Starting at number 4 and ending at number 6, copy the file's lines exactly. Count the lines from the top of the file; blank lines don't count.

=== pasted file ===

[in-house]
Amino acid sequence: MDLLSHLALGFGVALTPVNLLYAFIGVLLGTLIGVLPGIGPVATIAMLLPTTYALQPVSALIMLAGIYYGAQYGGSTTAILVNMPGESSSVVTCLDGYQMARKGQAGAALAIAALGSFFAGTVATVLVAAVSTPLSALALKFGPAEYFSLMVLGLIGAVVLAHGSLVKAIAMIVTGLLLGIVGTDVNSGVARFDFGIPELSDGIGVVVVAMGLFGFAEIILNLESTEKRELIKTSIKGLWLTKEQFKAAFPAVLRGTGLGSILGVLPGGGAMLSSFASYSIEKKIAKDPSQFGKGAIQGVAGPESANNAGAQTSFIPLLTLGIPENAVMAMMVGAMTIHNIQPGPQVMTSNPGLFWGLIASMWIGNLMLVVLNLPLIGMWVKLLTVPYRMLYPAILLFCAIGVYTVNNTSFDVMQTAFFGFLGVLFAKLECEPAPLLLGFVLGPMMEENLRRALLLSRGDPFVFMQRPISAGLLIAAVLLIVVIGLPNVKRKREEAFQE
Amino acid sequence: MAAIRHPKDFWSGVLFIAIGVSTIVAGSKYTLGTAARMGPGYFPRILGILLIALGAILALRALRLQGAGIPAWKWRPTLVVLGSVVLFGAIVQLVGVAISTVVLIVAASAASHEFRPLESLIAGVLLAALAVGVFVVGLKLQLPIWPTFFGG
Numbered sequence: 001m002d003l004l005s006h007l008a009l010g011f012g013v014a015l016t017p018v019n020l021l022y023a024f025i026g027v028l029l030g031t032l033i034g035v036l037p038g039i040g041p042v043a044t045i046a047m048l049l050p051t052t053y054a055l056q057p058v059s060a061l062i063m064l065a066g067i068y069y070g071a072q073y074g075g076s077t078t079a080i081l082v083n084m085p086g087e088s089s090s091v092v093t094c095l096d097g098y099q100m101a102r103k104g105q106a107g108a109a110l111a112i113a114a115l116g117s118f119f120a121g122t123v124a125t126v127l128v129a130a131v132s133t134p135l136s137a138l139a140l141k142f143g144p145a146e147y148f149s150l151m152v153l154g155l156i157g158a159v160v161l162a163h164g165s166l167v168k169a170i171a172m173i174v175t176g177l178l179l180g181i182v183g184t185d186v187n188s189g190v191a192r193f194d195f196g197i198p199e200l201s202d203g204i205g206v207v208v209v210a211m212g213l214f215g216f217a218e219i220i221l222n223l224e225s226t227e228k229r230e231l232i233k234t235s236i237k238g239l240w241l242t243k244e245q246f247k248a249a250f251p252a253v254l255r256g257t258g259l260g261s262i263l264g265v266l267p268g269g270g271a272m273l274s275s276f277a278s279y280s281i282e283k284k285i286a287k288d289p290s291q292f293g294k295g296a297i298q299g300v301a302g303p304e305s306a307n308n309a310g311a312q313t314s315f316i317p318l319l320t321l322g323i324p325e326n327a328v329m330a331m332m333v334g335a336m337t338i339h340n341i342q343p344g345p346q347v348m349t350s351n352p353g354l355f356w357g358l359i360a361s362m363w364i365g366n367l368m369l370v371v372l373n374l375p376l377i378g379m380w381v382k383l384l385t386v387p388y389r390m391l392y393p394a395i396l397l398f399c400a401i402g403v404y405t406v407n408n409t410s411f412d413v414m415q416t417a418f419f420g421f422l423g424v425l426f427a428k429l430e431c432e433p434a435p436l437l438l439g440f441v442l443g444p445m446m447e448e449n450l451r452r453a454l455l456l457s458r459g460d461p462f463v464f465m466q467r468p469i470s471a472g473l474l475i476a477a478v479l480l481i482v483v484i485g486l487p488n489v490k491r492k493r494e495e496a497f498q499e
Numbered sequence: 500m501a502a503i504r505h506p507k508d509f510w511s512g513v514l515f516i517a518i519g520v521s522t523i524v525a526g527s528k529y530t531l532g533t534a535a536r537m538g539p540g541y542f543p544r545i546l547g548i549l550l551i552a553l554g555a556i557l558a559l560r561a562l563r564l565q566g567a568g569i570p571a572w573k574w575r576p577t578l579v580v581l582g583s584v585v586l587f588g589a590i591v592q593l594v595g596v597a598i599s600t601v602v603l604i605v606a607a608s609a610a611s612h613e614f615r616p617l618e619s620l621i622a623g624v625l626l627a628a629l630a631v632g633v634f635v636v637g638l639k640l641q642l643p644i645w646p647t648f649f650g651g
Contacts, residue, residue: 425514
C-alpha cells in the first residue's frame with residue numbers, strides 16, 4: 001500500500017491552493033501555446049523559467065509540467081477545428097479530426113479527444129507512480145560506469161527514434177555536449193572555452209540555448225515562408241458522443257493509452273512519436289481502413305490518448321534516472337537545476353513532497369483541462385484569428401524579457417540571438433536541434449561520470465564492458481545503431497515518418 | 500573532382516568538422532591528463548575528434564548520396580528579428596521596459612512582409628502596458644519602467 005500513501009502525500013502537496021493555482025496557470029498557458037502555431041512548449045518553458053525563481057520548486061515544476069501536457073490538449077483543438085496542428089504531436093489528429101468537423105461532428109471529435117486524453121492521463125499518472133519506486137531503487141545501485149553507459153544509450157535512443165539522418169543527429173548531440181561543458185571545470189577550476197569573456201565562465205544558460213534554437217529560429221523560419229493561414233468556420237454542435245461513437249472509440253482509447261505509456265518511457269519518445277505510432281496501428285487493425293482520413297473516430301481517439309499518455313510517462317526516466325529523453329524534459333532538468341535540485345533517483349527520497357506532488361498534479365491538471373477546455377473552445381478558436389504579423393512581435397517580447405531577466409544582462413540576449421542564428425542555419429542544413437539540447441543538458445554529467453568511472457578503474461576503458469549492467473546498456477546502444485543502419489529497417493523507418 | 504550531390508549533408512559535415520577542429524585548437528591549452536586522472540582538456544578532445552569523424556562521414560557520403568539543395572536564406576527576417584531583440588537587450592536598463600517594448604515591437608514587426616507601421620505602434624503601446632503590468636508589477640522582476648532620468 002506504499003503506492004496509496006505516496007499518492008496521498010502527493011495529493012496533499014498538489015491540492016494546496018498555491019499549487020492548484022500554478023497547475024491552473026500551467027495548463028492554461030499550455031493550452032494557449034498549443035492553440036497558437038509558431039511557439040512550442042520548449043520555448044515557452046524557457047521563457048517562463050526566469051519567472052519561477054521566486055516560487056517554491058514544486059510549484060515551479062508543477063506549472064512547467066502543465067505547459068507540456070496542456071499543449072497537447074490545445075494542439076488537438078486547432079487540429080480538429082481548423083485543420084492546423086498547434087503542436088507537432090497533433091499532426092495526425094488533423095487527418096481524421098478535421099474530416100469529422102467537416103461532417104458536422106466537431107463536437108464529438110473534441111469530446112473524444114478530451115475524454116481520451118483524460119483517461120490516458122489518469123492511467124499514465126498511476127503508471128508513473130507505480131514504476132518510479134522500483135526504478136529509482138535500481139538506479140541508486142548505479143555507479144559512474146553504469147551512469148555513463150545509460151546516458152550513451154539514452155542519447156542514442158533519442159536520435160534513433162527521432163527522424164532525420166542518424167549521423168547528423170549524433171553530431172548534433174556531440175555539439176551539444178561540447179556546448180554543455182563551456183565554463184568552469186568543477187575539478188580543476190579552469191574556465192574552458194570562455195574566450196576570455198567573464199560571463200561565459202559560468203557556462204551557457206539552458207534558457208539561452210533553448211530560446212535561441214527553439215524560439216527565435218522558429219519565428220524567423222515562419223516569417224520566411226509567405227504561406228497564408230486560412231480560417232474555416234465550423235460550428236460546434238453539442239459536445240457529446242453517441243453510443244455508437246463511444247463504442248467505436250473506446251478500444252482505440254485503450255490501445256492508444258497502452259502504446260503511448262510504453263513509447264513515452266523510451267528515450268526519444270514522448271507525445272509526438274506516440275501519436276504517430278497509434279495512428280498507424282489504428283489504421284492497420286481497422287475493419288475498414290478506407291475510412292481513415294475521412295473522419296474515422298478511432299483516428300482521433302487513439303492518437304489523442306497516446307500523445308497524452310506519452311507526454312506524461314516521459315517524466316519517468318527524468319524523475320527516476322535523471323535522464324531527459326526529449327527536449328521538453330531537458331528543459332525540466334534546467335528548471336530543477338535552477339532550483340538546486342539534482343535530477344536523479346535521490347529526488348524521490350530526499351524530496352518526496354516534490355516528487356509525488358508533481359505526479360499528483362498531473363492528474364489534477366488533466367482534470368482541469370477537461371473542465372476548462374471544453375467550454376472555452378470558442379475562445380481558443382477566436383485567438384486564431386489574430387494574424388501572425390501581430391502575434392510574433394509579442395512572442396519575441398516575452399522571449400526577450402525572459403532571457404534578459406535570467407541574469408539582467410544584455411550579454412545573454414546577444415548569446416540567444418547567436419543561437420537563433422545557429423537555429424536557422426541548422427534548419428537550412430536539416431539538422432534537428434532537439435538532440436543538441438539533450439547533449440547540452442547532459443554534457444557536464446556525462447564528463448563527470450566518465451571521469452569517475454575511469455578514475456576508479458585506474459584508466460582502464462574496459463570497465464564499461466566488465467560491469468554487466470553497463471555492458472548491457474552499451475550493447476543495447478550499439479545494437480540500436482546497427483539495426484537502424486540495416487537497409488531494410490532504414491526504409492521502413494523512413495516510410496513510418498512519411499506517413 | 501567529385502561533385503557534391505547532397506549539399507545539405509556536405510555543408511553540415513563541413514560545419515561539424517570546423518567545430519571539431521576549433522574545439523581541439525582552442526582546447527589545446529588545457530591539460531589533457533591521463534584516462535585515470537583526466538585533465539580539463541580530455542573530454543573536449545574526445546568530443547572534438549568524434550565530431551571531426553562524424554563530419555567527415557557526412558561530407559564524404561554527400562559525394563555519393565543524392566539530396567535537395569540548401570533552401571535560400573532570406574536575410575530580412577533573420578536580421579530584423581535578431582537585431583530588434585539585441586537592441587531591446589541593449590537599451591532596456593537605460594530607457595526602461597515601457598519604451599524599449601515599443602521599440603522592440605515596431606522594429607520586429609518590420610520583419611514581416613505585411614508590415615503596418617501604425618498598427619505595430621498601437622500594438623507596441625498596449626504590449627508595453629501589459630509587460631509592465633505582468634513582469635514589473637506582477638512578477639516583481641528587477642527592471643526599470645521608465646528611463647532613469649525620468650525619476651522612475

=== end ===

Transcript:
Numbered sequence: 001m002d003l004l005s006h007l008a009l010g011f012g013v014a015l016t017p018v019n020l021l022y023a024f025i026g027v028l029l030g031t032l033i034g035v036l037p038g039i040g041p042v043a044t045i046a047m048l049l050p051t052t053y054a055l056q057p058v059s060a061l062i063m064l065a066g067i068y069y070g071a072q073y074g075g076s077t078t079a080i081l082v083n084m085p086g087e088s089s090s091v092v093t094c095l096d097g098y099q100m101a102r103k104g105q106a107g108a109a110l111a112i113a114a115l116g117s118f119f120a121g122t123v124a125t126v127l128v129a130a131v132s133t134p135l136s137a138l139a140l141k142f143g144p145a146e147y148f149s150l151m152v153l154g155l156i157g158a159v160v161l162a163h164g165s166l167v168k169a170i171a172m173i174v175t176g177l178l179l180g181i182v183g184t185d186v187n188s189g190v191a192r193f194d195f196g197i198p199e200l201s202d203g204i205g206v207v208v209v210a211m212g213l214f215g216f217a218e219i220i221l222n223l224e225s226t227e228k229r230e231l232i233k234t235s236i237k238g239l240w241l242t243k244e245q246f247k248a249a250f251p252a253v254l255r256g257t258g259l260g261s262i263l264g265v266l267p268g269g270g271a272m273l274s275s276f277a278s279y280s281i282e283k284k285i286a287k288d289p290s291q292f293g294k295g296a297i298q299g300v301a302g303p304e305s306a307n308n309a310g311a312q313t314s315f316i317p318l319l320t321l322g323i324p325e326n327a328v329m330a331m332m333v334g335a336m337t338i339h340n341i342q343p344g345p346q347v348m349t350s351n352p353g354l355f356w357g358l359i360a361s362m363w364i365g366n367l368m369l370v371v372l373n374l375p376l377i378g379m380w381v382k383l384l385t386v387p388y389r390m391l392y393p394a395i396l397l398f399c400a401i402g403v404y405t406v407n408n409t410s411f412d413v414m415q416t417a418f419f420g421f422l423g424v425l426f427a428k429l430e431c432e433p434a435p436l437l438l439g440f441v442l443g444p445m446m447e448e449n450l451r452r453a454l455l456l457s458r459g460d461p462f463v464f465m466q467r468p469i470s471a472g473l474l475i476a477a478v479l480l481i482v483v484i485g486l487p488n489v490k491r492k493r494e495e496a497f498q499e
Numbered sequence: 500m501a502a503i504r505h506p507k508d509f510w511s512g513v514l515f516i517a518i519g520v521s522t523i524v525a526g527s528k529y530t531l532g533t534a535a536r537m538g539p540g541y542f543p544r545i546l547g548i549l550l551i552a553l554g555a556i557l558a559l560r561a562l563r564l565q566g567a568g569i570p571a572w573k574w575r576p577t578l579v580v581l582g583s584v585v586l587f588g589a590i591v592q593l594v595g596v597a598i599s600t601v602v603l604i605v606a607a608s609a610a611s612h613e614f615r616p617l618e619s620l621i622a623g624v625l626l627a628a629l630a631v632g633v634f635v636v637g638l639k640l641q642l643p644i645w646p647t648f649f650g651g
Contacts, residue, residue: 425514